In my last few articles I’ve been writing about the people who changed the face of poker before poker was cool. After writing about the contributions Jack Binion, Steve Wynn and Lyle Berman made to modern poker, I now come to George Hardie who elevated poker to an even higher level. Not only was he the founder of the Bicycle Casino, the world’s largest poker club at that time, but most importantly, he was a tireless advocate for the players.
I remember the first time I met George Hardie. When I was a regular in the $20/$40 hold ‘em game at the Bicycle Casino, I was running bad, so I went to John Sutton, the Vice President of Poker Operations. A lot of the players had credit lines at the time. He said, “Let’s go up and see George.” He took me to meet George in his office. I said, “George I need a credit line to play poker.” He asked how much I wanted, I gave him a number, and then he told John to go to the cage and give Robert whatever he wants.
George understood the game and the business of poker. He knew what a player was worth to the card room each day, so advancing them a credit line was part of the normal business of operating a poker room. He knew the value of a player better than anyone, whether it was a high roller or someone playing a $1/$2 stud game. George treated everyone with respect and wanted everyone to have the best experience playing poker.
George not only had a dream to build the largest poker club in the world, but he faced the burden of cleaning up the poker industry in California. He did more than anyone and should be credited not only for making poker safe to play in California but making California the center of the poker world.
The next time I was in George Hardie’s office was around five years later in 1991 when I was hired as an executive poker host. My job was to make sure the players were taken care of. He said take the limousine and about six players every night to entertain them in Los Angeles and spend whatever you want on the players. Could a poker player have a better job in the world? How did I get so lucky?
George knew I was working up the street from the Bicycle Casino at a place called the Regency, and I was attracting some of his business. He came to the casino and sat down in the middle of a table to watch. I walked across the casino floor, shook his hand, and said, “George, what brings you here?” I knew why he was there. He was looking for his players and wanted them back like a sheepherder looking for his strays. That was classic George; he attended to every detail himself—he was very hands-on as I would learn when I started working for him as his casino marketing director.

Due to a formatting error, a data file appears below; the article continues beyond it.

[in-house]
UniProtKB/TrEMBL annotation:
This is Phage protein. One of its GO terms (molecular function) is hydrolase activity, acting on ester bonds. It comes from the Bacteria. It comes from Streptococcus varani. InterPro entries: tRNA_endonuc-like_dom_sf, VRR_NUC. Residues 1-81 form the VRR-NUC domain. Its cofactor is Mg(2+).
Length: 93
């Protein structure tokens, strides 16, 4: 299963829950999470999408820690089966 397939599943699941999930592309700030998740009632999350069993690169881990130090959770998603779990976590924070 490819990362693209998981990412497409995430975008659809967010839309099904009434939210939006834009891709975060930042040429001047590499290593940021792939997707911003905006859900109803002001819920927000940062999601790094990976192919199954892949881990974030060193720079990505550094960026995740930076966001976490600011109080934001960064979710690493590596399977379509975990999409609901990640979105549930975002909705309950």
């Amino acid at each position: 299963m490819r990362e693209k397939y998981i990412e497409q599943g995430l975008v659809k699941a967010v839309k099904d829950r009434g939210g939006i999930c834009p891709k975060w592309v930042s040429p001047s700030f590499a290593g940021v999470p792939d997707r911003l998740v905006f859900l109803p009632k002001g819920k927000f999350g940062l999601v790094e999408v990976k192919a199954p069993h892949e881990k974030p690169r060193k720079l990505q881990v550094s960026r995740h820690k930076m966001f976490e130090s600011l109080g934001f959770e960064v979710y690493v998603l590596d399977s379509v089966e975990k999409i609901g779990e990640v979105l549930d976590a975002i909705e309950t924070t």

I have been in many event-planning meetings, but none have ever been like the ones George ran. George created the Diamond Jim Brady tournament around 1985, and it became the second biggest tournament in the world only behind the WSOP. He would start the planning for the annual tournament with the notes from the previous year. He would talk about what was spent on the players in gifts last year, then say, “Let’s do more for the players this year.” He would then ask how can we make them more excited about playing at the Bicycle Casino.
He never once talked about raising fees. If anything, he thought the fees were too high. Everything he did was with the players’ best interest in mind. I think part of this was because he was a player himself; he truly loved the game.
George would dress up in costumes from the 1800’s with beautiful models and parade around the casino for a month asking the players if there was anything he could do for them. When players won a tournament, there was a trophy presentation with the models that would surround the winners for their moment of glory. There was also an award given away for the best all-around player. He would give away between $50,000-$100,000 and luxury cars to the all-around players for over 10 years. You don’t see anyone doing that today.
Jack Binion and Lyle Berman are in the Poker Hall of Fame, and rightfully so, but how could George not be there also? It simply cannot be complete without George Hardie. The contributions he made to the game of poker and his innovations to protect its image have helped make the game what it is today. In my opinion, no one has contributed more to the overall growth and success of the game of poker than George Hardie.
George has advocated for poker at the highest levels of government from city councils to governors and senators. He was poker before poker was cool. To this day, you can still find him at the tables playing the game he loves. I ran into him at the WSOP this year as he was preparing to play the Main Event. As a life-long player and advocate of the game, George has made poker better for the millions of poker players in California and around the world. His legacy is evident every time you sit at the table.
Robert Turner is a legendary poker player and casino marketing expert. Robert is most well- known for introducing the game of Omaha poker to Nevada in 1982 and to California in 1986. He created Legends of Poker for the Bicycle Casino in 1995. He also helped create Live at the Bike, the first live gaming site broadcast on the Internet in 2002.
He has spent over 30 years in casino marketing and player development and has served as an executive host at the Bicycle Casino and MGM. He is currently working with his new companies Crown Digital Games developing mobile apps and Vision Poker, a poker marketing group.
Find Robert on Facebook at https://www.facebook.com/thechipburner and on Twitter @thechipburner. He can also be reached at firstname.lastname@example.org for consulting and teaching.